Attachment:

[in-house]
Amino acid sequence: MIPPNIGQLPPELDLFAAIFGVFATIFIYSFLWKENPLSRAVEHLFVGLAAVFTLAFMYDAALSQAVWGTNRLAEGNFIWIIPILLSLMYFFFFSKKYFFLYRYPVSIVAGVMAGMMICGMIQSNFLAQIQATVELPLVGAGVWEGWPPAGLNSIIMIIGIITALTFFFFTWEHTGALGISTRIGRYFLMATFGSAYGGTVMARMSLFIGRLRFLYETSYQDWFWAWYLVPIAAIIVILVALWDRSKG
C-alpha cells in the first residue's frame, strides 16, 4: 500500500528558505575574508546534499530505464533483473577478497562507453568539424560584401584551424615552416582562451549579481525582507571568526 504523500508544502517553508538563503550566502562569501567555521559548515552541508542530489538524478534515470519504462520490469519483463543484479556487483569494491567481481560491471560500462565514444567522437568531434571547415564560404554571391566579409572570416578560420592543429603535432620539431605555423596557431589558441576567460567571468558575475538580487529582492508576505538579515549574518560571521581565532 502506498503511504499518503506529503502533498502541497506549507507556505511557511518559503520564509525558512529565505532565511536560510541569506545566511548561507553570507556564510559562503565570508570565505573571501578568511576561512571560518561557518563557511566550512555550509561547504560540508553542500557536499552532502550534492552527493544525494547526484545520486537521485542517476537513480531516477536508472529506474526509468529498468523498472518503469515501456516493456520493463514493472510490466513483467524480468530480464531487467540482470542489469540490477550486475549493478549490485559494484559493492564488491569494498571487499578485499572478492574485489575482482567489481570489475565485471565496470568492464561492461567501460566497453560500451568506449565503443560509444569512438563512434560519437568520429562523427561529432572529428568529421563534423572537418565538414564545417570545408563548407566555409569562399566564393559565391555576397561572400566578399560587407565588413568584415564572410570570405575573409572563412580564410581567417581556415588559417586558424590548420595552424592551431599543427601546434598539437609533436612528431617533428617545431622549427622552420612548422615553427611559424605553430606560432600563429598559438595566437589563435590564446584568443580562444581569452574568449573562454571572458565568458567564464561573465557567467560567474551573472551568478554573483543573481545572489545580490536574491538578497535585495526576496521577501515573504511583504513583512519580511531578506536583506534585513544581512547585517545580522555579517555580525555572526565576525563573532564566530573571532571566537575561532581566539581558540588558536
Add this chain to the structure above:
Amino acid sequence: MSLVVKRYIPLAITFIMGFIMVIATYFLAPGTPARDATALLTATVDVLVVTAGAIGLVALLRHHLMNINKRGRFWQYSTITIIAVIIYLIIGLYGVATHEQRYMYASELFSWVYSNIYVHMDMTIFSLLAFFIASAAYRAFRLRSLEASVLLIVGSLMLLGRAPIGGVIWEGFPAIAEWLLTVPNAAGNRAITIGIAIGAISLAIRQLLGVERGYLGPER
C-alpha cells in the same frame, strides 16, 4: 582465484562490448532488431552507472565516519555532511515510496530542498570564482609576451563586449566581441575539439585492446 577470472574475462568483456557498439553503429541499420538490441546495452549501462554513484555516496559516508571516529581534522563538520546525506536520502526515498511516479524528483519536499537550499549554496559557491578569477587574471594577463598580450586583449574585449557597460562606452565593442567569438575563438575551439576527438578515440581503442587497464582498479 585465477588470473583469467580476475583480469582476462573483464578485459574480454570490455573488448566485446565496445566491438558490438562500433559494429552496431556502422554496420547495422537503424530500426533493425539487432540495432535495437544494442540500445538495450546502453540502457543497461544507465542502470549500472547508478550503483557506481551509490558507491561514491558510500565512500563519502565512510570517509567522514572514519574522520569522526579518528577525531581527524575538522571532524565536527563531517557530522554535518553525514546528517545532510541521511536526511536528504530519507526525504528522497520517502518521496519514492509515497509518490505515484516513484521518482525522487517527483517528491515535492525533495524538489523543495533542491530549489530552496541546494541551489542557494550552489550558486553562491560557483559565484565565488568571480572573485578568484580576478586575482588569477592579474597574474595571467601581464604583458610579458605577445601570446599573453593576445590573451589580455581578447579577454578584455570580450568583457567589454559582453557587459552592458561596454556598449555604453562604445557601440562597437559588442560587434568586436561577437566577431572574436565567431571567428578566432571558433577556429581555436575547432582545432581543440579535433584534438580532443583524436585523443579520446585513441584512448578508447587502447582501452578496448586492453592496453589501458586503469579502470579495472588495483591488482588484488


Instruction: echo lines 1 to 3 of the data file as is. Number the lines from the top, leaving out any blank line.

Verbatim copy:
[in-house]
Amino acid sequence: MIPPNIGQLPPELDLFAAIFGVFATIFIYSFLWKENPLSRAVEHLFVGLAAVFTLAFMYDAALSQAVWGTNRLAEGNFIWIIPILLSLMYFFFFSKKYFFLYRYPVSIVAGVMAGMMICGMIQSNFLAQIQATVELPLVGAGVWEGWPPAGLNSIIMIIGIITALTFFFFTWEHTGALGISTRIGRYFLMATFGSAYGGTVMARMSLFIGRLRFLYETSYQDWFWAWYLVPIAAIIVILVALWDRSKG
C-alpha cells in the first residue's frame, strides 16, 4: 500500500528558505575574508546534499530505464533483473577478497562507453568539424560584401584551424615552416582562451549579481525582507571568526 504523500508544502517553508538563503550566502562569501567555521559548515552541508542530489538524478534515470519504462520490469519483463543484479556487483569494491567481481560491471560500462565514444567522437568531434571547415564560404554571391566579409572570416578560420592543429603535432620539431605555423596557431589558441576567460567571468558575475538580487529582492508576505538579515549574518560571521581565532 502506498503511504499518503506529503502533498502541497506549507507556505511557511518559503520564509525558512529565505532565511536560510541569506545566511548561507553570507556564510559562503565570508570565505573571501578568511576561512571560518561557518563557511566550512555550509561547504560540508553542500557536499552532502550534492552527493544525494547526484545520486537521485542517476537513480531516477536508472529506474526509468529498468523498472518503469515501456516493456520493463514493472510490466513483467524480468530480464531487467540482470542489469540490477550486475549493478549490485559494484559493492564488491569494498571487499578485499572478492574485489575482482567489481570489475565485471565496470568492464561492461567501460566497453560500451568506449565503443560509444569512438563512434560519437568520429562523427561529432572529428568529421563534423572537418565538414564545417570545408563548407566555409569562399566564393559565391555576397561572400566578399560587407565588413568584415564572410570570405575573409572563412580564410581567417581556415588559417586558424590548420595552424592551431599543427601546434598539437609533436612528431617533428617545431622549427622552420612548422615553427611559424605553430606560432600563429598559438595566437589563435590564446584568443580562444581569452574568449573562454571572458565568458567564464561573465557567467560567474551573472551568478554573483543573481545572489545580490536574491538578497535585495526576496521577501515573504511583504513583512519580511531578506536583506534585513544581512547585517545580522555579517555580525555572526565576525563573532564566530573571532571566537575561532581566539581558540588558536